There's more to games than eSports, you know. I don't mean to disparage them, though I admit to having little interest in them myself.
Even so, I do find it an odd and slightly depressing trend for every new multiplayer game to be almost knee-jerk rated based on the chances of people foam-fingers bearing the name of their favourite team, and underpants emblazoned with the faces of their e-sporting heroes. I'm assuming that happens. If not, marketing oportunity for someone!
And yet I know several people who won't even touch a new game if it doesn't look like esports will give it longevity, and more still whose opinions on its current state are more rooted in the meta of events like Evo than whether they're actually having fun. Oh, for those halcyon days of picking Street Fighter 2 characters because they were cool, not because someone has crunched the numbers and mathematically proved the ultimate schoolboy question: Ryu vs Ken.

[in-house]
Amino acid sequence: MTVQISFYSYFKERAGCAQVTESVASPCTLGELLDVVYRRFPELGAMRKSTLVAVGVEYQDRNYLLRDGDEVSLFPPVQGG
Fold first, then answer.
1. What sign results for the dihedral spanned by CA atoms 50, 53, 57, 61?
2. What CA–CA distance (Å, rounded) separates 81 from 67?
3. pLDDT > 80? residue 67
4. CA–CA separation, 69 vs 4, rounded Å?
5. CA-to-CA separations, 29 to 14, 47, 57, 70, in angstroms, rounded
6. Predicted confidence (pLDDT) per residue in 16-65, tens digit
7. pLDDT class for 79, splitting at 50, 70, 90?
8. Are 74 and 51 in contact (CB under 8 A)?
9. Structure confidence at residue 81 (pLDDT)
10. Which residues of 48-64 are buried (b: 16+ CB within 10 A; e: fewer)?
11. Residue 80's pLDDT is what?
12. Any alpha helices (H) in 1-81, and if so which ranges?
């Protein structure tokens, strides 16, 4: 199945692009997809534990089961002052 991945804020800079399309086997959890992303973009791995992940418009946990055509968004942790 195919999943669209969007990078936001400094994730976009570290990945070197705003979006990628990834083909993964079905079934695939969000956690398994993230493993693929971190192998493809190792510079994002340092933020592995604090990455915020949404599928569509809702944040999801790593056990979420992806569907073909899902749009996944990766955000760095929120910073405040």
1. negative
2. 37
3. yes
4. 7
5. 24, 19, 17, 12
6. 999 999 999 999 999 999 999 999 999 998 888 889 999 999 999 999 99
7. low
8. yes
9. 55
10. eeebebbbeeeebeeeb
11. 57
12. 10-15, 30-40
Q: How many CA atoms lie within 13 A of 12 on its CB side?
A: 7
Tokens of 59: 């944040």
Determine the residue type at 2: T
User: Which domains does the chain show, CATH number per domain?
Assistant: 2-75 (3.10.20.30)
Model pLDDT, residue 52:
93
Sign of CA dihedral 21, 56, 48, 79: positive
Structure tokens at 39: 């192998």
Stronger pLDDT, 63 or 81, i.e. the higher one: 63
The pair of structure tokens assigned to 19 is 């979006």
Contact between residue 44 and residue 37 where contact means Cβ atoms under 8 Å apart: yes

Also that thing about whether you can see Chun-Li's naughty bits if you pause the SNES version on exactly the right frame. (Answer, yes you can: you just clearly don't want it enough.)
Now? Apparently we shouldn't complain that Capcom put about a seventh of a game into a digital box and sold it under the name Street Fighter V, all because it was important for pro-gamers to get it now. It's justified because of how many people have signed up for EVO as a result. Everyone else… pfft. Those missing features will be along soon, probably. Arcade mode? Basic features to handle regular interest gaming problems like rage-quitters? Eh. We'll think about it. Until then, get good, etc.
It's a strange push, because most of us will never play e-sports professionally, and the mindset of doing so has about as much to do with casual play as olympic swimming versus having fun on the swimming pool inflatables.